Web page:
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Cuban immigration surges after thaw in US-Cuba relations

Monday, 18 May 2015

MIAMI - The number of Cuban migrants looking to enter the United States ballooned in early 2015, partly driven by uncertainty over the future of special immigration consideration for Cubans after the two countries announced efforts to improve ties.

In the first three months of the year, 9,371 Cubans arrived in the United States, mostly on the Mexico border and in Miami, an increase of 118 per cent over same period in 2014, according to US Customs and Border Protection.

Experts say the numbers indicate a surge since the Dec. 17 announcement of efforts by the presidents of Cuba and the United States to restore diplomatic ties and work to normalise relations after more than 50 years of hostility.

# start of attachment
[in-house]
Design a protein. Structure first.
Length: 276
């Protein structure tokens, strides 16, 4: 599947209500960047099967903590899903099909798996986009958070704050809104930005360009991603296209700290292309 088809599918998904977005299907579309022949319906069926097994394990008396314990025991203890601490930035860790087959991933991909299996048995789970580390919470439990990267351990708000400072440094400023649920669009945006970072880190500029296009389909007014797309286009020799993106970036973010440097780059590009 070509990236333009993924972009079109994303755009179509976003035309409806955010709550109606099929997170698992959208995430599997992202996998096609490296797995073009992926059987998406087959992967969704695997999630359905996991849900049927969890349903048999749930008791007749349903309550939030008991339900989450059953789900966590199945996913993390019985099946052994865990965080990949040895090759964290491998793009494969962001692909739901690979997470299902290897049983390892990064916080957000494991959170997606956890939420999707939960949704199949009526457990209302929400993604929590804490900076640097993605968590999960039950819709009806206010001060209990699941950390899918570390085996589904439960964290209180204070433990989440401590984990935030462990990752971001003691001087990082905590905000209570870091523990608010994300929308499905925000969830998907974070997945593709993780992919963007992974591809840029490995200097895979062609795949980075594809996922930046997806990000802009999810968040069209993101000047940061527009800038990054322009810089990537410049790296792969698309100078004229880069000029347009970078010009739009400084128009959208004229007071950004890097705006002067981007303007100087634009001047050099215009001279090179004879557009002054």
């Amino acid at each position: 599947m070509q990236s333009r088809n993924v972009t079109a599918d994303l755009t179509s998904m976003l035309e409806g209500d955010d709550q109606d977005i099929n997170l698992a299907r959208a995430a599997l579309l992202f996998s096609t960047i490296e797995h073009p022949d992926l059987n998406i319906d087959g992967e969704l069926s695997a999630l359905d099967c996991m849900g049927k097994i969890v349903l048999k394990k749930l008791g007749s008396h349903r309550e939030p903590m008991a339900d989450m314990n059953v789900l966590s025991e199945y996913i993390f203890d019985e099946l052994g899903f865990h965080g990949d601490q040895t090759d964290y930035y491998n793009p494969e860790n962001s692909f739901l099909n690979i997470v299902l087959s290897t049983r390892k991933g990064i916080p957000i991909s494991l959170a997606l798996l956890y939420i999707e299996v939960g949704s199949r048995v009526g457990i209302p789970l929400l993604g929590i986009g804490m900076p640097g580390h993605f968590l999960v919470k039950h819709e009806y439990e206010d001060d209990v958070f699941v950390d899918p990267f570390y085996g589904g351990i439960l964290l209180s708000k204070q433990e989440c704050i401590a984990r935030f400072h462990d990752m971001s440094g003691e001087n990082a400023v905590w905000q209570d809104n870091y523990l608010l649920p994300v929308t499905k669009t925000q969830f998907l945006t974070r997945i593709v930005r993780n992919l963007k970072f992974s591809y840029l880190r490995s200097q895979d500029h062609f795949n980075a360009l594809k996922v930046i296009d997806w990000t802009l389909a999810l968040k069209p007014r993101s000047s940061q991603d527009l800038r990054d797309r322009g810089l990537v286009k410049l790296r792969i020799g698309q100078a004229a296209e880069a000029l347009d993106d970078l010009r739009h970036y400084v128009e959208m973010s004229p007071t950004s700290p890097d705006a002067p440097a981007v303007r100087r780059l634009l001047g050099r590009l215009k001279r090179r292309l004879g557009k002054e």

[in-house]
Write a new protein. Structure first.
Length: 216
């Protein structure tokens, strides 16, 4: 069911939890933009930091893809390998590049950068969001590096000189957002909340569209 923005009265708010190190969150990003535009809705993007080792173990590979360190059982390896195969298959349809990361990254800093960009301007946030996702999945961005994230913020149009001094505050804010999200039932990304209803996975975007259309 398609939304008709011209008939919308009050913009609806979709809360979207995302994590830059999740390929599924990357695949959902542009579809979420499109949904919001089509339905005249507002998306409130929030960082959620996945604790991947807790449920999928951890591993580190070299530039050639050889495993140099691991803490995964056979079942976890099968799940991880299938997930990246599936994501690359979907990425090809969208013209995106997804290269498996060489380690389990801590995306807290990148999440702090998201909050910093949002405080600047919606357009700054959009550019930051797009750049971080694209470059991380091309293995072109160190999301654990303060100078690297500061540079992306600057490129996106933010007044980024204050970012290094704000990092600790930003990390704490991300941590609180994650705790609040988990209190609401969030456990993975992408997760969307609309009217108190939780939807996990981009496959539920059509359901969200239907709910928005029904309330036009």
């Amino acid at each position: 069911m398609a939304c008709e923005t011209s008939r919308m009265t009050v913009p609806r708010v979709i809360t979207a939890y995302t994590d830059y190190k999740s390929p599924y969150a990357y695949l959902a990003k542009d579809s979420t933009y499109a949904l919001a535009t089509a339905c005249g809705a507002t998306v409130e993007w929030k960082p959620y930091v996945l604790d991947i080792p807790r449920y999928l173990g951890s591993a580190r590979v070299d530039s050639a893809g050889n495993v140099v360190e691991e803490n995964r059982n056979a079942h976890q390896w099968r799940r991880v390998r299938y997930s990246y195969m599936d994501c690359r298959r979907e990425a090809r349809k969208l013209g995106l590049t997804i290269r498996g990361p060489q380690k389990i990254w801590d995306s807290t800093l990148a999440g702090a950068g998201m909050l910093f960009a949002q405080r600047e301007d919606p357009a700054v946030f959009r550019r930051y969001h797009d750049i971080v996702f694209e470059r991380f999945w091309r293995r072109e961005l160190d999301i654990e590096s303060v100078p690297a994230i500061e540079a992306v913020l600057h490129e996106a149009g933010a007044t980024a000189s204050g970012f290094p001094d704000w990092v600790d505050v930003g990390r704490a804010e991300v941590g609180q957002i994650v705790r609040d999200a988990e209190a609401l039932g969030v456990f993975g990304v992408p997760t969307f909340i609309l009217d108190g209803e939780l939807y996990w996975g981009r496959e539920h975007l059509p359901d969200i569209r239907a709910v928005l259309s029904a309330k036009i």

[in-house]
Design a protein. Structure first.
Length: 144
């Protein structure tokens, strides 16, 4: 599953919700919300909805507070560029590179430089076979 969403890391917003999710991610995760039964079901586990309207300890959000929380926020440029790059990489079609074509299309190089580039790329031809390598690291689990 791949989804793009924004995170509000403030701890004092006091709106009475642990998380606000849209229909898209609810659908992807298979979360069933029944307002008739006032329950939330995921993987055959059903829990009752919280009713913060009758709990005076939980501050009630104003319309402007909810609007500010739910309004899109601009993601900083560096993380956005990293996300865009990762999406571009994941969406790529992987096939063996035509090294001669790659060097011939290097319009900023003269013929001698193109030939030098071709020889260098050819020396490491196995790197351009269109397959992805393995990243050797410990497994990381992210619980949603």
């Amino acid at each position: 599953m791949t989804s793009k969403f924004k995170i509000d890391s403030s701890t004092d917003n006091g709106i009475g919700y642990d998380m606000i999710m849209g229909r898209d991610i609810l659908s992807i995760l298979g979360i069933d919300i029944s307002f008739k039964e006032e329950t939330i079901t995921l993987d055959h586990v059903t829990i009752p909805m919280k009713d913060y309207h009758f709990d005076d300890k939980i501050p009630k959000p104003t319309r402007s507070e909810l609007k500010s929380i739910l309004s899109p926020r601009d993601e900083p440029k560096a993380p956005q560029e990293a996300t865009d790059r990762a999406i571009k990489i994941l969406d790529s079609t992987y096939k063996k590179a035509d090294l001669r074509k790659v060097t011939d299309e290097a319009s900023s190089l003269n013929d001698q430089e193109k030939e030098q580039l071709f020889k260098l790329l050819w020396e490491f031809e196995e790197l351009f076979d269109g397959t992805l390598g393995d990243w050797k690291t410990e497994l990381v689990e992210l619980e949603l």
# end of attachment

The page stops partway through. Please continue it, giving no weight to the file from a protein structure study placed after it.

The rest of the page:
"Cubans on the island are increasingly concerned that the special legal status that they have under current US law might be taken away," said Jorge Duany, director of the Cuban Research Institute at Florida International University.

Under the Cuban Refugee Adjustment Act of 1966 Cubans who reach US soil have the right to stay and seek residency, a status not offered to any other nationality. A policy known as "wet foot, dry foot" means only those Cubans intercepted at sea are sent back to their communist-run island.

The Obama administration has tried to dispel rumours the welcome mat for Cubans will be withdrawn. "The Administration's recent announcement regarding Cuba has not changed or altered in any significant way the Cuban Refugee Adjustment Act," the Customs and Border Protection agency said in a statement to Reuters.

Source: Reuters

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